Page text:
- as a summons to war (Job 39:24; Jeremiah 4:19)
- to mark the commencement of an attack (Judges 3:27; 6:34)
- to warn of a coming attack (Jeremiah 6:1, 17; Ezekiel 33:3-6)
- to proclaim military victory (I Sam. 13:3)
Trumpets also called public attention to other events as well:
- claims to kingship (II Samuel 5:10; I Kings 1:34)
- public disavowals (II Samuel 20:1)
- oath takings (II Chronicles 15:14)
- special celebrations (Psalm 81:3; Joel 2:15)
- and rejoicing (II Samuel 6:15).
There was even a special feast day marked by trumpets (Leviticus 23:23-25). But the trumpet’s most abiding function was on the Day of Atonement, where it was blown at Yom Kippur, in the Year of Jubilee, to announce liberation and restoration. This is, of course, an OT type, symbolic of the “times of the refreshing” mentioned by Peter (Acts 3:19), when Christ will return to liberate man from the power of sin and death and restore all things (v. 21).
The following segment from the Dictionary of Biblical Imagery is worth quoting verbatim:
“In the NT a trumpet serves in particular as an eschatological image to declare the coming of Christ in judgment. This appears to combine a number of the trumpet functions: summoning, warning, call to arms and announcement of kingship. In Matthew 24:31 the angels are sent out ‘with a loud trumpet call’ (NIV) to gather the elect. Paul extends the image to include a summoning of the dead to life (I Cor. 15:52; I Thess. 4:16). The trumpet ensures that these events are extremely and unambiguously public [emphasis added].”
Christ Himself also seems to refute this notion that He will stage a covert operation to secretly remove his church:
“Wherefore if they shall say unto you, Behold, he is in the desert; go not forth: behold, he is in the secret chambers; believe it not. For as the lightning cometh out of the east, and shineth even unto the west; so shall also the coming of the Son of man be.” (Matthew 24:26,27)
Hmmm… Now didn’t Jesus just say not to believe those who teach that He is in the secret chambers? Could this be a reference to this “secret rapture” doctrine? Hmmm… I find it quite ironic that of all the books and articles I have read over the years promoting this belief in a secret pre-trib rapture, they all seem to overlook this little tidbit of information.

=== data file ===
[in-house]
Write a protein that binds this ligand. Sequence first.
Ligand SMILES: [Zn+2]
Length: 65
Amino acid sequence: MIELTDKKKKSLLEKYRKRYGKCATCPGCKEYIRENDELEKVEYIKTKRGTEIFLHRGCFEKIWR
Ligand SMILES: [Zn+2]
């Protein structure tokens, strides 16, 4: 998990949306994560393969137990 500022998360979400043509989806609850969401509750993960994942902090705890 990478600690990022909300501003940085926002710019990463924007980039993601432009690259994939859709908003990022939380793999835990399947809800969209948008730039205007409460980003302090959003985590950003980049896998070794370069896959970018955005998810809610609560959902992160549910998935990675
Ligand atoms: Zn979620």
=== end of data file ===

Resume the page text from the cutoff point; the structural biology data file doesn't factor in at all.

So are we told WHEN this trumpet sounds? Absolutely:
“Immediately AFTER THE TRIBULATION OF THOSE DAYS shall the sun be darkened, and the moon shall not give her light, and the stars shall fall from heaven, and the powers of the heavens shall be shaken: And then shall appear the sign of the Son of man in heaven: and then shall all the tribes of the earth mourn, and they shall see the Son of man coming in the clouds of heaven with power and great glory. And he shall send his angels with a great sound of a TRUMPET [there's that trumpet again!], and they shall gather together his elect from the four winds, from one end of heaven to the other.” (Matt. 24:29-31)
Does anybody out there know what the word “after” means? The trumpet sounds AFTER the tribulation of those days, not during, not before, but AFTER! And what happens at the sounding of the trumpet? Let’s read it again:
“And … his angels … shall gather together his elect from the four winds, from one end of heaven to the other.”
So the trumpet sounds, signifying the gathering of God’s elect. Hmmm… didn’t we already read that somewhere? Of course we did. Read the verses we already cited from I Corinthians 15 and I Thessalonians 4 one more time. Don’t these Scriptures also allude to the gathering of God’s elect at the sounding of a trumpet? Of course they do. This is how we compare spiritual with spiritual. If only our learned theologians would practice this simple rule!